Home U.S. to Shoulder $50 Billion of the $1 Trillion Greek Bailout

U.S. to Shoulder $50 Billion of the $1 Trillion Greek Bailout

Retiring at 53 after receiving 14 months pay for every 12 worked and walking away with 80 percent of your salary for life. Sounds good, right? This is the way it was in Greece—but not any longer. All good Kool-Aide parties eventually have to come to an end. Greece has been living beyond its means, but apparently they like it that way. When EU member countries required large Greek government spending cuts and tax hikes as a condition of the bailout, all hell broke loose. Groups of masked individuals threw gasoline bombs at riot police as nearly 50,000 striking workers and public servants marched to parliament chanting, “thieves!” I’m surprised they found it necessary to announce themselves!

Ah, socialism at its finest! Ain’t it grand?

Calling it the Greece Bailout is really a misnomer. What’s really going on here is that we are bailing out European Banks because they are holding a lot of Greek debt and they are what? You got it; they are just too big to fail. Perhaps in a year or so they will bask in huge profits like Goldman Sachs, Deutsche Bank and Morgan Stanley among others. Meanwhile, tax payers from around the world will foot the bill.

The U.S., along with 186 other countries, is a member of the International Monetary Fund. The U.S. foots 17.5 percent of the IMF burden and in the case of the Greek bailout; our share is $50 billion.That’s rather hard to stomach with a 9.9 percent unemployment rate and a debt of our own hovering just under $13 trillion. Grecian politicians spent so much money that their annual debt service is equivalent to 124 percent of their gross domestic product. Sound crazy? It is, but the U.S. isn’t far behind them with an annual debt service cost at approximately 93 percent of our gross domestic product.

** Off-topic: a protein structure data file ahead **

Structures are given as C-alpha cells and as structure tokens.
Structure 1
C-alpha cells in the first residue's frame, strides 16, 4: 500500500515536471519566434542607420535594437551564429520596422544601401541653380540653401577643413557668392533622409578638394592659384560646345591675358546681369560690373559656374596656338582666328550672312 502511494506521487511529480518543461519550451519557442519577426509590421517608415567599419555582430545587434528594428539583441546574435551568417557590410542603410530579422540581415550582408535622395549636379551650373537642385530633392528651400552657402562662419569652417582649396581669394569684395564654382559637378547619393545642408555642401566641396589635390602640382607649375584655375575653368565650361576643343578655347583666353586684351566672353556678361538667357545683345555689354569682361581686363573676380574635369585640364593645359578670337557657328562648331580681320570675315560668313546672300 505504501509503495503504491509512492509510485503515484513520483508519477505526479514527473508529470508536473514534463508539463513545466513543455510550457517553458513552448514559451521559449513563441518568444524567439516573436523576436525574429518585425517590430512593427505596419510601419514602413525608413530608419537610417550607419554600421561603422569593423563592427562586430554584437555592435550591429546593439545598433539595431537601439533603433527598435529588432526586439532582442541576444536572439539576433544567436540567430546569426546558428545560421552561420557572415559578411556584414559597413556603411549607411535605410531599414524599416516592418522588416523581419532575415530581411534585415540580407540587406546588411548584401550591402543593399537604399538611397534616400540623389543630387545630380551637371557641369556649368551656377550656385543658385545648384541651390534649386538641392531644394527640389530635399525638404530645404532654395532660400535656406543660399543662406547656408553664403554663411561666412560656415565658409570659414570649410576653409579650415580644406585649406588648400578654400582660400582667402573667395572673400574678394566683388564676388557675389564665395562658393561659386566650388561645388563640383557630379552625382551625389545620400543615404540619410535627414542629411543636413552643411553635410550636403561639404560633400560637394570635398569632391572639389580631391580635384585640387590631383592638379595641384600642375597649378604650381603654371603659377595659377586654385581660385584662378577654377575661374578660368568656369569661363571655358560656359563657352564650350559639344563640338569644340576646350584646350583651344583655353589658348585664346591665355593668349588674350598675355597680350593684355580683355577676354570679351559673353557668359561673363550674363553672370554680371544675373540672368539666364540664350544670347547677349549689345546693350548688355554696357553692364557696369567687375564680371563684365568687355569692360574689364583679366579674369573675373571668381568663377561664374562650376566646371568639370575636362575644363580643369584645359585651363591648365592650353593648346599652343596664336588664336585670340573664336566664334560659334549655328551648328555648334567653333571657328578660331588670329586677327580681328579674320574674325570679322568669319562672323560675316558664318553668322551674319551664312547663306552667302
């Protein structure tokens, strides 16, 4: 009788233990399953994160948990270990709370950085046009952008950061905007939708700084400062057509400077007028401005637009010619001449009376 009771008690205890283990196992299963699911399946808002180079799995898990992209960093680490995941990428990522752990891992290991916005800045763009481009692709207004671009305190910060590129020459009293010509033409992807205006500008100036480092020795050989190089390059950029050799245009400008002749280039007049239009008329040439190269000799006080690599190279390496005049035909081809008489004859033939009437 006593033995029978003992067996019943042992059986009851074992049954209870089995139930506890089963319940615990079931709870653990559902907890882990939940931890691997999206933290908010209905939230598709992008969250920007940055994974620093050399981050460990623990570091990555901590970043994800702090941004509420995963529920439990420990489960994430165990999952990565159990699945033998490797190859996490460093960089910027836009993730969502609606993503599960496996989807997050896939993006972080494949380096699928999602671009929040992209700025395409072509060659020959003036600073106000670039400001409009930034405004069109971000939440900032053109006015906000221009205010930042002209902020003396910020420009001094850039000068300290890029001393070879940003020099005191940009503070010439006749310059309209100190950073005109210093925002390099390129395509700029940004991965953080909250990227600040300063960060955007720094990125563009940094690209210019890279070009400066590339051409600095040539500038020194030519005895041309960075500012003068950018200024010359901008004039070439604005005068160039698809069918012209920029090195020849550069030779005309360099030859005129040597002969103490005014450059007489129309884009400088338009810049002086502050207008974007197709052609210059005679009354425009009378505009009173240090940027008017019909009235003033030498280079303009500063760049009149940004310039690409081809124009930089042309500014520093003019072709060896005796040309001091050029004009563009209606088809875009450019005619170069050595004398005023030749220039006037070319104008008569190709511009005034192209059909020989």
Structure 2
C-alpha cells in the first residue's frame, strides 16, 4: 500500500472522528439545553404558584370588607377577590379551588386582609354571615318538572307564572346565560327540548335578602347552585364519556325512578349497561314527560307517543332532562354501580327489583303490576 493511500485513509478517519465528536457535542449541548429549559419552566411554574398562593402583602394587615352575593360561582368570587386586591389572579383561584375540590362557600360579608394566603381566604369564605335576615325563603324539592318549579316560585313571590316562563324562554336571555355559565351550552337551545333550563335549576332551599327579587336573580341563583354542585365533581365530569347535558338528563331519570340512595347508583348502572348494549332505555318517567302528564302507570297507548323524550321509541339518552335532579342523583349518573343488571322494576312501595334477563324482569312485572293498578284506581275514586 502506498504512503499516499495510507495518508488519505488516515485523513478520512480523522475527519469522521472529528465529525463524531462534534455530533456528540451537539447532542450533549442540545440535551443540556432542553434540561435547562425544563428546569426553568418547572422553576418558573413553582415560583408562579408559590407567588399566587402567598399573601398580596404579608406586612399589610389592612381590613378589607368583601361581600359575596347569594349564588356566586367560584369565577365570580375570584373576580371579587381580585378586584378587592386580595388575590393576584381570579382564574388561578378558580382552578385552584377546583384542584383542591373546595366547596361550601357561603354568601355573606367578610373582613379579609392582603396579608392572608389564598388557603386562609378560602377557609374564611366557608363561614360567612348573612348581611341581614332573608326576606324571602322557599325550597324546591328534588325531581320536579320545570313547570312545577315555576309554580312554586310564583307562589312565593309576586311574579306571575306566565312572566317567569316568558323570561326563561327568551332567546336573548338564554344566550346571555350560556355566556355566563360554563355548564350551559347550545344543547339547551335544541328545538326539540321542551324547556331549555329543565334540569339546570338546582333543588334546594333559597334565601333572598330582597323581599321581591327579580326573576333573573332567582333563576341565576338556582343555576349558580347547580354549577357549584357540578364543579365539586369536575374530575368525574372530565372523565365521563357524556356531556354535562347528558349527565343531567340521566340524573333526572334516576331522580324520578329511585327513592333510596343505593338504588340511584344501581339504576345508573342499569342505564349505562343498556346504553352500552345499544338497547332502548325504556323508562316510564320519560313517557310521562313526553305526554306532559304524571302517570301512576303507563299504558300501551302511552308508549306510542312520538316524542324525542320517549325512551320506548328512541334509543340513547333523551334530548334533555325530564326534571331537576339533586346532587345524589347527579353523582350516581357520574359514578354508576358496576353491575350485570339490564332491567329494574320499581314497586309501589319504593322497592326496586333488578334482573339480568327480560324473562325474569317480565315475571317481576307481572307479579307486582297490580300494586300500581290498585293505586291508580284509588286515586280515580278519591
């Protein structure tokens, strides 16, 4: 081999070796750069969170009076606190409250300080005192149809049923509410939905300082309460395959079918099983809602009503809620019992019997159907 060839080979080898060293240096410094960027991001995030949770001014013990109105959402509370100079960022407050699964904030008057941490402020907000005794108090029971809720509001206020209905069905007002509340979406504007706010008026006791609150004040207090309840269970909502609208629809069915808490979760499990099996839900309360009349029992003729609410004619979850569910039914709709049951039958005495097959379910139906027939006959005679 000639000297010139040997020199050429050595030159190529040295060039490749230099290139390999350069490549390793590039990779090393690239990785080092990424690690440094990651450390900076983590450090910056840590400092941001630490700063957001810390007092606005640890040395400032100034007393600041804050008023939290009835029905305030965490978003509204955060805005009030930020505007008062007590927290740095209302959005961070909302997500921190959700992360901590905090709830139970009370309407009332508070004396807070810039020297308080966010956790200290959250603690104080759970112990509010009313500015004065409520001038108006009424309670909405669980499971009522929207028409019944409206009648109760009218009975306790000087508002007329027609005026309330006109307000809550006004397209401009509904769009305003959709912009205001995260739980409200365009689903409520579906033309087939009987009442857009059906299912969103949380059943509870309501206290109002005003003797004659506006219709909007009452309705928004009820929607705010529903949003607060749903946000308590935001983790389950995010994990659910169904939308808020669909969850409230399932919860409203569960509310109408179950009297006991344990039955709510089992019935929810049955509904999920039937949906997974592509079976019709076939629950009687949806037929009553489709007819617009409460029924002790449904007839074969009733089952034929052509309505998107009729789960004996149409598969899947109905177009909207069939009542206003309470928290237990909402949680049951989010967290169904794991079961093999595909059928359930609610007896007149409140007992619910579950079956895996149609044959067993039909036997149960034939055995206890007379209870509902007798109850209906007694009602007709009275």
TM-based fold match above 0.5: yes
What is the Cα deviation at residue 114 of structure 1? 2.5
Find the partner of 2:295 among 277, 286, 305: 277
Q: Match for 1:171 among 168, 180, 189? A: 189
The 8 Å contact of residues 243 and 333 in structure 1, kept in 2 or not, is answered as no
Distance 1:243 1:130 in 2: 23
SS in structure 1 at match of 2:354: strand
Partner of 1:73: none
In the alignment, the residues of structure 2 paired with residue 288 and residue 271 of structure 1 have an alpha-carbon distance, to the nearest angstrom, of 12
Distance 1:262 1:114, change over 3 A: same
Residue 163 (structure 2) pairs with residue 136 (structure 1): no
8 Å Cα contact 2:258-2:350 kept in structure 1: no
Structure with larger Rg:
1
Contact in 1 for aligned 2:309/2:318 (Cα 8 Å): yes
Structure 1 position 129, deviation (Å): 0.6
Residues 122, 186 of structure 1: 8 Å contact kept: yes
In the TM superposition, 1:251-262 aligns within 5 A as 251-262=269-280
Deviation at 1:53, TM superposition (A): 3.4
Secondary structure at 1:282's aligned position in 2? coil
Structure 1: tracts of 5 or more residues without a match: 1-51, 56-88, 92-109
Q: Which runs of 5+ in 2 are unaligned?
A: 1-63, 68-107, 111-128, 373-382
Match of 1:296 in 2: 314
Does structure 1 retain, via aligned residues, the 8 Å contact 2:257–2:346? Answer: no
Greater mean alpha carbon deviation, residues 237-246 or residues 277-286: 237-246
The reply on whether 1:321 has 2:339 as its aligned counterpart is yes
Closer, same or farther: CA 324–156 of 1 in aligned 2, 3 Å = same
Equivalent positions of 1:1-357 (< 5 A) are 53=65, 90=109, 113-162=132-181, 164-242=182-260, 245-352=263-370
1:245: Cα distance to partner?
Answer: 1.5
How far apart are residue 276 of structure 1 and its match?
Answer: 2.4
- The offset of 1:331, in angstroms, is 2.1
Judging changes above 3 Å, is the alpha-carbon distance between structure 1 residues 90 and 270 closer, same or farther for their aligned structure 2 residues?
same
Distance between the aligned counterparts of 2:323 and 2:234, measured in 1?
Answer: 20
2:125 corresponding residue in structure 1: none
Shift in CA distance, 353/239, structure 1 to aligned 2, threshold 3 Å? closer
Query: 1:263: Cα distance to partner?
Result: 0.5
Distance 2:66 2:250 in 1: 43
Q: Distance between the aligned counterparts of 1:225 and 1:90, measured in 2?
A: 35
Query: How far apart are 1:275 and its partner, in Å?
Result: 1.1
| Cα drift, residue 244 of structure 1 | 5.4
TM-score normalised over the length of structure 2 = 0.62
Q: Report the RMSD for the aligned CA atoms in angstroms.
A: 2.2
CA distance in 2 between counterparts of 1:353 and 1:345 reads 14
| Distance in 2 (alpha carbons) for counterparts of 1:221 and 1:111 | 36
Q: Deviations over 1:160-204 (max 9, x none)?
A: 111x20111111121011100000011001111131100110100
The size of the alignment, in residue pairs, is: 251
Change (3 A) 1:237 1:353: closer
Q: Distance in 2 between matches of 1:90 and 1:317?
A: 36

This is all relevant to the casino business. The leisure entertainment industry is dependent upon a customer base of prosperous gainfully employed people who can afford to entertain themselves by vacationing to a casino resort destination. The recession of late 2008 and absolutely every painful second of 2009 has left the U.S. economy run down and wore out. It put the squeeze on the number of gainfully employed people and as a result, the number of visitations at casinos in the U.S. dropped significantly.

Recently, visitations as well as gambling spend have rebounded slightly. It’s a start, but we need to be realistic about the road ahead. Good times can be here again, but we need to develop self-discipline and fiscal responsibility. The U.S. economy is strong and vibrant, but it needs a level playing field.

The U.S. Treasury has been in avoidance mode when it comes to dealing with our own deficit spending. Most of our nation’s debt is short-term, meaning it matures in less than three years and must be rolled over. Interest rates are likely to be much higher in the coming years resulting in painful budgetary stress. The cost of the interest alone on the national debt is projected to rise from $200 billion this year to more than $700 billion in 2019. This is a critical situation which could quite possibly curtail the U.S. recovery. The interest rates on our short term debts are similar to an adjustable rate mortgage that has very low interest rates the first few years then the rate is adjusted substantially higher later. It is time for fiscal leadership in Washington, or we are all going to pay a very painful price.

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